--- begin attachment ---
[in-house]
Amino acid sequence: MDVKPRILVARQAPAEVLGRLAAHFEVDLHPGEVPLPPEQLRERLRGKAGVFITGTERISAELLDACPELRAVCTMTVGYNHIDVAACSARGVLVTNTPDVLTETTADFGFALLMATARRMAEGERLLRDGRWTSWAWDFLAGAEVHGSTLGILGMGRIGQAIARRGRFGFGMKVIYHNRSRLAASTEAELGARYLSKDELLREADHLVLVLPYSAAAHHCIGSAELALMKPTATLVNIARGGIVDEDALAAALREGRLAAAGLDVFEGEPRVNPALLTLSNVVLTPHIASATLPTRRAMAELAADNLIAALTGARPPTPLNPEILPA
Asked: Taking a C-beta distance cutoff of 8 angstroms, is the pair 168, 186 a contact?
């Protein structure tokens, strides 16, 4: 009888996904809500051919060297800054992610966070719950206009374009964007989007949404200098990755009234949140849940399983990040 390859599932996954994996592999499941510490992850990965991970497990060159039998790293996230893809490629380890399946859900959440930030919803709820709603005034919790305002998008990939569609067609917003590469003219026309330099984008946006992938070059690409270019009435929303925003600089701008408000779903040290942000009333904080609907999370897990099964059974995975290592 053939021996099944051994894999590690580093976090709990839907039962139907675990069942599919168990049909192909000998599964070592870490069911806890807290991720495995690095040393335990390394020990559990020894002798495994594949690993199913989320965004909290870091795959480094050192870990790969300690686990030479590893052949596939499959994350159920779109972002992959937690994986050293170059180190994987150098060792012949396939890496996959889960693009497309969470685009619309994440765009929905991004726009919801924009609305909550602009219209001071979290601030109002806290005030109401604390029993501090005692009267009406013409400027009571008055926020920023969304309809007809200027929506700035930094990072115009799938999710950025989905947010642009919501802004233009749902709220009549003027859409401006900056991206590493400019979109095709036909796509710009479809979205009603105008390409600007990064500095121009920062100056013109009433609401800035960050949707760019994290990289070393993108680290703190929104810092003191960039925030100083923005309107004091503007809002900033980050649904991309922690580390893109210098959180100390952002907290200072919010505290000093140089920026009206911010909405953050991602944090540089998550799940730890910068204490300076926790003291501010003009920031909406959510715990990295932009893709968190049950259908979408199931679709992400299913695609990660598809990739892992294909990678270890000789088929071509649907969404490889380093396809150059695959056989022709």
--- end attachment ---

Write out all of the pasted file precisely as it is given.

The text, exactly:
[in-house]
Amino acid sequence: MDVKPRILVARQAPAEVLGRLAAHFEVDLHPGEVPLPPEQLRERLRGKAGVFITGTERISAELLDACPELRAVCTMTVGYNHIDVAACSARGVLVTNTPDVLTETTADFGFALLMATARRMAEGERLLRDGRWTSWAWDFLAGAEVHGSTLGILGMGRIGQAIARRGRFGFGMKVIYHNRSRLAASTEAELGARYLSKDELLREADHLVLVLPYSAAAHHCIGSAELALMKPTATLVNIARGGIVDEDALAAALREGRLAAAGLDVFEGEPRVNPALLTLSNVVLTPHIASATLPTRRAMAELAADNLIAALTGARPPTPLNPEILPA
Asked: Taking a C-beta distance cutoff of 8 angstroms, is the pair 168, 186 a contact?
């Protein structure tokens, strides 16, 4: 009888996904809500051919060297800054992610966070719950206009374009964007989007949404200098990755009234949140849940399983990040 390859599932996954994996592999499941510490992850990965991970497990060159039998790293996230893809490629380890399946859900959440930030919803709820709603005034919790305002998008990939569609067609917003590469003219026309330099984008946006992938070059690409270019009435929303925003600089701008408000779903040290942000009333904080609907999370897990099964059974995975290592 053939021996099944051994894999590690580093976090709990839907039962139907675990069942599919168990049909192909000998599964070592870490069911806890807290991720495995690095040393335990390394020990559990020894002798495994594949690993199913989320965004909290870091795959480094050192870990790969300690686990030479590893052949596939499959994350159920779109972002992959937690994986050293170059180190994987150098060792012949396939890496996959889960693009497309969470685009619309994440765009929905991004726009919801924009609305909550602009219209001071979290601030109002806290005030109401604390029993501090005692009267009406013409400027009571008055926020920023969304309809007809200027929506700035930094990072115009799938999710950025989905947010642009919501802004233009749902709220009549003027859409401006900056991206590493400019979109095709036909796509710009479809979205009603105008390409600007990064500095121009920062100056013109009433609401800035960050949707760019994290990289070393993108680290703190929104810092003191960039925030100083923005309107004091503007809002900033980050649904991309922690580390893109210098959180100390952002907290200072919010505290000093140089920026009206911010909405953050991602944090540089998550799940730890910068204490300076926790003291501010003009920031909406959510715990990295932009893709968190049950259908979408199931679709992400299913695609990660598809990739892992294909990678270890000789088929071509649907969404490889380093396809150059695959056989022709």